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Mapping as Design Thinking: Can GIS Help Engineering Students Approach Design?

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2018 ASEE Annual Conference & Exposition


Salt Lake City, Utah

Publication Date

June 23, 2018

Start Date

June 23, 2018

End Date

July 27, 2018

Conference Session

Studies in Engineering Design

Tagged Division

Design in Engineering Education

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Paper Authors


Jessie Marshall Zarazaga Southern Methodist University, Lyle School of Engineering

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Jessie Zarazaga teaches GIS and Sustainability and Development in the Lyle School of Engineering at SMU. Working across the boundaries of urbanism, landscape mapping, and public engagement, Zarazaga explores ways to connect culture and community to place. Using GIS and participatory community mapping, she explores the impact of civil and environmental choices on the design of the sustainable city. Trained in architecture and urban design, her research spans education and practice, working on the integration of community research into project based learning. Her work overlaps areas of GIS mapping, global sustainable urbanism, design and creativity. She undertook a Fulbright in Valparaíso, Chile, to investigate, and map, devices of landscape as inspirations for the orders of community space.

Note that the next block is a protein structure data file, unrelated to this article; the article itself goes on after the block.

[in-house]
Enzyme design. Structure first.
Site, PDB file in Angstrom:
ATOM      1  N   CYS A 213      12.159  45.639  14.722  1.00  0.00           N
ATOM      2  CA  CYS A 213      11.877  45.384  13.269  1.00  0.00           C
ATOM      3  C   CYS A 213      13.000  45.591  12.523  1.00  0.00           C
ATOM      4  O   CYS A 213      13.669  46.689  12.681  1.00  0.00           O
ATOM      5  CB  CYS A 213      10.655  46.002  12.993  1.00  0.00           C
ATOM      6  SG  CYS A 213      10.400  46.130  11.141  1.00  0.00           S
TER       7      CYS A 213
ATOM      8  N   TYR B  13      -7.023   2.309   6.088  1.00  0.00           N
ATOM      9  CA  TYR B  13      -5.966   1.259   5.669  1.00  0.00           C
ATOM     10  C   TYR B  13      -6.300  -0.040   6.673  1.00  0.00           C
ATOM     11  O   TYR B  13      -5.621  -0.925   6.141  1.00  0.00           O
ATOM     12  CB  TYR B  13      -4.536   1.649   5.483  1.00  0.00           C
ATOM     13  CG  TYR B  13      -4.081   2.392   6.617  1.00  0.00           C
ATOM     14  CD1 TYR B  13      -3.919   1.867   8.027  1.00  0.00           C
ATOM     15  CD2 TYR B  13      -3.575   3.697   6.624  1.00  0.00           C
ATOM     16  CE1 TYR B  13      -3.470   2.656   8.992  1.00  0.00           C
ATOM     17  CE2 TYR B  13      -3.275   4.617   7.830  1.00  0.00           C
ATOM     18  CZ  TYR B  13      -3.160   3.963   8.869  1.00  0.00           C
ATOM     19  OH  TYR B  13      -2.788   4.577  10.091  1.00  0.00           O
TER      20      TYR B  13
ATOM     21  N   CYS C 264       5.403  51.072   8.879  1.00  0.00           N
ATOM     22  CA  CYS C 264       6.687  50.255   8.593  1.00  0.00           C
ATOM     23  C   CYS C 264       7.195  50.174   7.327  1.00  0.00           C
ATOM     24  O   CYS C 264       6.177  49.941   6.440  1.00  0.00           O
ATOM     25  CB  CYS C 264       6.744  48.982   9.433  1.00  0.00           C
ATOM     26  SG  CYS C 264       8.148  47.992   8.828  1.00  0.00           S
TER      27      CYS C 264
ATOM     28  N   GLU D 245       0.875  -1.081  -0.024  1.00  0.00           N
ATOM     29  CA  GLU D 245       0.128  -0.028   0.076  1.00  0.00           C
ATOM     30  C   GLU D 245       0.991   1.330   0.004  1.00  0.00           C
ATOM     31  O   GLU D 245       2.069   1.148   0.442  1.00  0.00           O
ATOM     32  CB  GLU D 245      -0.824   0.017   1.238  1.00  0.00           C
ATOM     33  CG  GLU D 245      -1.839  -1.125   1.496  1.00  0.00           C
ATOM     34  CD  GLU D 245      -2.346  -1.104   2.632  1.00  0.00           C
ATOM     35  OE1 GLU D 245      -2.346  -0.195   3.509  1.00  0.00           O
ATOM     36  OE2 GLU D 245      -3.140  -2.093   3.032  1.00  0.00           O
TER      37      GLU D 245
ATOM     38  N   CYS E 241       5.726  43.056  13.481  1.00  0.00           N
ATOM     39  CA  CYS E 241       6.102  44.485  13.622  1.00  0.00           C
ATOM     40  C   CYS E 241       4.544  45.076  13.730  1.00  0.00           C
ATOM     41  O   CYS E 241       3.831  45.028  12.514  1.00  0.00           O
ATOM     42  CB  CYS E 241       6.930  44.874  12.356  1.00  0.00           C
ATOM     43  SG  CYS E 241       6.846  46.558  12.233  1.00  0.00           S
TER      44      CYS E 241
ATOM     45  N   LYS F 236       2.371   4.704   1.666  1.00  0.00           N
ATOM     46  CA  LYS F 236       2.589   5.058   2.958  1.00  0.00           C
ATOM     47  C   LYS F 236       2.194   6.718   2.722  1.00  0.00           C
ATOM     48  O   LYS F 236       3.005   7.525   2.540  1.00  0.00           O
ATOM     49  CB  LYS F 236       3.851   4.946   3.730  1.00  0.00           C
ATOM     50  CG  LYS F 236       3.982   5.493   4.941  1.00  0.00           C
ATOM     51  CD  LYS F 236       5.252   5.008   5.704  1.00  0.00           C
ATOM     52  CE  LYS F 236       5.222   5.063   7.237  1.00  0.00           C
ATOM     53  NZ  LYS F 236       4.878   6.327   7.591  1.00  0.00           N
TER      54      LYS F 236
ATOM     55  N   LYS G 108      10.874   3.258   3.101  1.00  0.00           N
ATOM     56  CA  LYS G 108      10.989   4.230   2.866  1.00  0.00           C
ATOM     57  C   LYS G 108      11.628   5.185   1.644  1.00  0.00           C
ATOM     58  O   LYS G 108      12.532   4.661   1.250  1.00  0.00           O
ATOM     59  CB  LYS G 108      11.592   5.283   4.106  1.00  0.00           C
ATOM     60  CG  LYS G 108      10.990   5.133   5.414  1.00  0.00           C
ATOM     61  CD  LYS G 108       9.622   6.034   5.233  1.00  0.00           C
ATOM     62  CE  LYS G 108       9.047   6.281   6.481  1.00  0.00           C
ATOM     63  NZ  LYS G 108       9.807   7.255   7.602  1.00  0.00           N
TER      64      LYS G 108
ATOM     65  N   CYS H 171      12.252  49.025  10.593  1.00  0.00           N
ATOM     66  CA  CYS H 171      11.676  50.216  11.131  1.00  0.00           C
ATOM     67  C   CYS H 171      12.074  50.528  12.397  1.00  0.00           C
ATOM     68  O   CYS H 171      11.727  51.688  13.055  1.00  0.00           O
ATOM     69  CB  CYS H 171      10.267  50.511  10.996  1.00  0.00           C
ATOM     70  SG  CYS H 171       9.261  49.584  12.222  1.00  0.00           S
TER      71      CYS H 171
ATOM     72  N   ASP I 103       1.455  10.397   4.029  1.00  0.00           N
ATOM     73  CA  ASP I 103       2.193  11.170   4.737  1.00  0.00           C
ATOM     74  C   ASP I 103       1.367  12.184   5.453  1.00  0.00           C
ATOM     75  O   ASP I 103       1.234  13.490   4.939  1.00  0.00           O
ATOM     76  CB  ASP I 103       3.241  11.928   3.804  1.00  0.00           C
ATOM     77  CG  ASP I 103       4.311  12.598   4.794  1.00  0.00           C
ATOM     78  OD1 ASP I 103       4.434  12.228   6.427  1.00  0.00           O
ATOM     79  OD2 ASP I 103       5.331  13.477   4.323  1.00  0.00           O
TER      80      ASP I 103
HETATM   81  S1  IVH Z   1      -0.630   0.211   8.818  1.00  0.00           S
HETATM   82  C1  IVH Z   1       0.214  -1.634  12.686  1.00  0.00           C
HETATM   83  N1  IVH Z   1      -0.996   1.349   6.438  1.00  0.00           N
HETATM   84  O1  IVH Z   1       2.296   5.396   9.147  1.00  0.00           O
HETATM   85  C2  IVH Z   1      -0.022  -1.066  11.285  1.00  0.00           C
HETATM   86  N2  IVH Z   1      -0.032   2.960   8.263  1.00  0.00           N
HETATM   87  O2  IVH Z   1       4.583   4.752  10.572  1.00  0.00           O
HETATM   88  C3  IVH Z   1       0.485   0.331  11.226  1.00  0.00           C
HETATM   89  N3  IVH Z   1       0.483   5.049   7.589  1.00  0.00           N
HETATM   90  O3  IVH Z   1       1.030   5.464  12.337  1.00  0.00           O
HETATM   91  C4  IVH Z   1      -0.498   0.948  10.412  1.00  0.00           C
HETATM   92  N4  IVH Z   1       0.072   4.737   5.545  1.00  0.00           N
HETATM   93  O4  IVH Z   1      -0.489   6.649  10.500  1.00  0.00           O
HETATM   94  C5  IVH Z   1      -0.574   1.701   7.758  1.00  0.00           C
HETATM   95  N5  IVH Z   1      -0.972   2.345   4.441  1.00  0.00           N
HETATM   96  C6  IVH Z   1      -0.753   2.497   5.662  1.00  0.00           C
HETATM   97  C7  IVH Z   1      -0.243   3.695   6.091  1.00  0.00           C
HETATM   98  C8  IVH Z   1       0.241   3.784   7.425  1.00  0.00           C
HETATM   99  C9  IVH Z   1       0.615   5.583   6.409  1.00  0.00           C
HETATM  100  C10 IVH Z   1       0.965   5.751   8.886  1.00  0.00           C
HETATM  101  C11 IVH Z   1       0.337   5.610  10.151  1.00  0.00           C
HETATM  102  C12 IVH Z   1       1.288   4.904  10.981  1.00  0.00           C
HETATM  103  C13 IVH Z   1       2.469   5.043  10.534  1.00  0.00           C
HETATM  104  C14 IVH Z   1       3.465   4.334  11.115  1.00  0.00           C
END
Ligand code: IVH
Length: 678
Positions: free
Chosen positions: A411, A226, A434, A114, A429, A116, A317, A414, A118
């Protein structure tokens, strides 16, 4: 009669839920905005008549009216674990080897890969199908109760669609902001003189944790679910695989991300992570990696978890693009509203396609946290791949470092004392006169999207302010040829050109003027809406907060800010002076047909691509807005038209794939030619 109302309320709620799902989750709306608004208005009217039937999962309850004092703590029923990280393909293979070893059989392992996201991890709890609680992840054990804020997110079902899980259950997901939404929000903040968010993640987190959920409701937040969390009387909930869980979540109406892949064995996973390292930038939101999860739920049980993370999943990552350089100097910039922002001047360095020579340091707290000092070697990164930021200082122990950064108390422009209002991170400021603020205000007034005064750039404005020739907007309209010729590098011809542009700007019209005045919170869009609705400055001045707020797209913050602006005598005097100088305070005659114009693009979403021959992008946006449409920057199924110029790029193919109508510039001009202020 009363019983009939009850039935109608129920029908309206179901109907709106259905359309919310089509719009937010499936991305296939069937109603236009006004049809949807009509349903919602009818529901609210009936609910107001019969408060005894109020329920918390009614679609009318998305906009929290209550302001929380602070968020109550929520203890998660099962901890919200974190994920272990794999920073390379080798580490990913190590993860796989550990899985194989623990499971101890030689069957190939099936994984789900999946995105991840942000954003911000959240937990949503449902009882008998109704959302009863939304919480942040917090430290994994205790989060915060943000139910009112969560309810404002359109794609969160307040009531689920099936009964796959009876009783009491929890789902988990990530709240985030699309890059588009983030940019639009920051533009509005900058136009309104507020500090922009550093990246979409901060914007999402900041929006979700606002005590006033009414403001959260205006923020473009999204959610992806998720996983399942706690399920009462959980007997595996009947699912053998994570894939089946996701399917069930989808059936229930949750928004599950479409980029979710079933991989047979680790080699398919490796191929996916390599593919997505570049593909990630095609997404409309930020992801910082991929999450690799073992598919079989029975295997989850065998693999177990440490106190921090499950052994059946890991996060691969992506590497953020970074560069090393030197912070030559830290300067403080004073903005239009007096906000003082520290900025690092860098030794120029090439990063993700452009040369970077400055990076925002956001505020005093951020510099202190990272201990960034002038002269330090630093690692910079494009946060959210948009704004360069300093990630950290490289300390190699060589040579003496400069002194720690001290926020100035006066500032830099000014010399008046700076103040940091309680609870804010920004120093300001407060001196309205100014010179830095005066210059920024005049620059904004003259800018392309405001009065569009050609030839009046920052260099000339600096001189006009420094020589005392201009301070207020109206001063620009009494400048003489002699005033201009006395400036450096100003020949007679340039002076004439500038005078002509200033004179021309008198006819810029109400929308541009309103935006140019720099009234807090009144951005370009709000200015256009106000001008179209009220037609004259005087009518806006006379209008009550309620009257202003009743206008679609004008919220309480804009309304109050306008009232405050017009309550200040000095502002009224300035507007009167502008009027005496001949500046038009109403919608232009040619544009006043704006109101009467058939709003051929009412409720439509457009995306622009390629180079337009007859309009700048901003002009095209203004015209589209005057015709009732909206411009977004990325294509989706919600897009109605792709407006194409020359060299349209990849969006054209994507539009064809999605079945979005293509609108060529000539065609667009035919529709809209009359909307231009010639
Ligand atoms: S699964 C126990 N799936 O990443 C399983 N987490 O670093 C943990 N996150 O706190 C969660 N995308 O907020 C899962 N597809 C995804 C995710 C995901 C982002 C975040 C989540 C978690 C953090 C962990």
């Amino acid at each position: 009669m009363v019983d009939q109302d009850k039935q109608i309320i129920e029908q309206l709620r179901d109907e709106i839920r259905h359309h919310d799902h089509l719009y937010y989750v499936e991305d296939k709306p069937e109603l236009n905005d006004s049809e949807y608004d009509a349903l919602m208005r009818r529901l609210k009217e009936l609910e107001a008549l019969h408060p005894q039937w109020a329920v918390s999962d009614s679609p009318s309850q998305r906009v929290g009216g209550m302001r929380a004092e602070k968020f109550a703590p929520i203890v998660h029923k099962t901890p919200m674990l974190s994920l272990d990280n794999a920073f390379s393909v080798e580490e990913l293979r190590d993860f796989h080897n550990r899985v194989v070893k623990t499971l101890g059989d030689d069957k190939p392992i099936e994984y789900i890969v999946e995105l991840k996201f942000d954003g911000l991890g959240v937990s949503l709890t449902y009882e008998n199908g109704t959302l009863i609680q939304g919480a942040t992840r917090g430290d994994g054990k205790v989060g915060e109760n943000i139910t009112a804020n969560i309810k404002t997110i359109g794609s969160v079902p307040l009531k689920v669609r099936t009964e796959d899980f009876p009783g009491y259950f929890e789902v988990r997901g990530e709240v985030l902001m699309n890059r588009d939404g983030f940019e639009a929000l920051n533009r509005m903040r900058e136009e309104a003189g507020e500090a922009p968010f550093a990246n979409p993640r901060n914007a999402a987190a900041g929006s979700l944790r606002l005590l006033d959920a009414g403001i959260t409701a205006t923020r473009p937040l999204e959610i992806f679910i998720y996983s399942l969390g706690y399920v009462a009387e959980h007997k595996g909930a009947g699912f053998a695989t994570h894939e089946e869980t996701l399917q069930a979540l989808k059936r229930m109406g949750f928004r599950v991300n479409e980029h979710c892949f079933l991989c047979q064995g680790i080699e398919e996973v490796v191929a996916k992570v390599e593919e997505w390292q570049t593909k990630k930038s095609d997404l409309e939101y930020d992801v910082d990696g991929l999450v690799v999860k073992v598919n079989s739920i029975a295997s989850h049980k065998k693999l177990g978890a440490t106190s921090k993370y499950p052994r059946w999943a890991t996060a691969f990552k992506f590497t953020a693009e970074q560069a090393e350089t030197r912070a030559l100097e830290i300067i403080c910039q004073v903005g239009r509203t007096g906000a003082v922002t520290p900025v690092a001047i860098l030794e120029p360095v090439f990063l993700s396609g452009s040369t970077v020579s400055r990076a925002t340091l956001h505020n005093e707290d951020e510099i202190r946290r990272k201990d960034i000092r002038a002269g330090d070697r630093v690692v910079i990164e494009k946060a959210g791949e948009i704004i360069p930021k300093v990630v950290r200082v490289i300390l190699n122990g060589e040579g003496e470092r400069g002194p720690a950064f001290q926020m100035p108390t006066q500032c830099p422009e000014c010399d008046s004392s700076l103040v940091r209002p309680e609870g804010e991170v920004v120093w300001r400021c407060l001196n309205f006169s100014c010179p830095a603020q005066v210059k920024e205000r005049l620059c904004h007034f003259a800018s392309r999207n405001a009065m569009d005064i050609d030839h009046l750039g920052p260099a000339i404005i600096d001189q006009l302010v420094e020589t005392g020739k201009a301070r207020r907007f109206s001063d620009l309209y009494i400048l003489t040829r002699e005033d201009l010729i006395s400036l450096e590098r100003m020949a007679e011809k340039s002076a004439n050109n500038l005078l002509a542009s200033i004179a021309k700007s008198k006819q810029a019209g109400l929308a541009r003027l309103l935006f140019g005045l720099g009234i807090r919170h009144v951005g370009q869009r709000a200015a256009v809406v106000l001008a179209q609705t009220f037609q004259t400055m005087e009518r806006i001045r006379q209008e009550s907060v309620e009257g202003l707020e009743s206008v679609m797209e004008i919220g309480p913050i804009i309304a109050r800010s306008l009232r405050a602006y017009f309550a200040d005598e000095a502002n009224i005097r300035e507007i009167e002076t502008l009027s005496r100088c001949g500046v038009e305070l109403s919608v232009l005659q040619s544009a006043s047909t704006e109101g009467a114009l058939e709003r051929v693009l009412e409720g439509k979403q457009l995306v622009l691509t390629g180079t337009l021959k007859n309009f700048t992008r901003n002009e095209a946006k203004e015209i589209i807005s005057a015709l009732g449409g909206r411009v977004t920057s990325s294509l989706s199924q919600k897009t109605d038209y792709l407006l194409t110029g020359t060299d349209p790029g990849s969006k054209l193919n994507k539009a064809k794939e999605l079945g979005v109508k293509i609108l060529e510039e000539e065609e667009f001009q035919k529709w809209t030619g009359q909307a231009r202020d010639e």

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Spatial site-design, accessed through GIS mapping, teaches three-dimensional data analysis skills invaluable for the contemporary engineering student. Integrating design-thinking strategies into such spatial processes allows students additionally to access the cognitive operations of creative design processes. This study will investigate student responses to an innovative site-design workshop in which GIS mapping becomes a tactical device for introducing both site planning and design-thinking to civil & environmental engineering students.

After a pre-test site-design exercise, 48 undergraduate engineering students were given a basic introduction to layered mapping (GIS) techniques, exploring both digital and analogue strategies for divergent exploration of site-design. In the follow-up post-test design exercise, students were taken through a more structured design-thinking approach for a similar site design project as the pre-test. This mixed-methods study explores student self-assessment survey responses to the two design exercises, as well as their written design commentaries, evaluating them for changes in attitude as well as in approach. Data show that even in such a short introductory exercise, students reported an increase not only in GIS skills, but in creative self-confidence, and their responses revealed a more iterative design process, with generally higher values given by the students to their later-developing ideas over a fixation on preliminary concepts.

The value of such a teaching model is that student engineers are able to gain access to open-ended creative design skills, widely accepted as critical to the educational development of the engineer. Furthermore, this exploration, rather than an additive course or exercise, is integrated into valuable GIS mapping and environmental site design coursework.

Zarazaga, J. M. (2018, June), Mapping as Design Thinking: Can GIS Help Engineering Students Approach Design? Paper presented at 2018 ASEE Annual Conference & Exposition , Salt Lake City, Utah. 10.18260/1-2--30788

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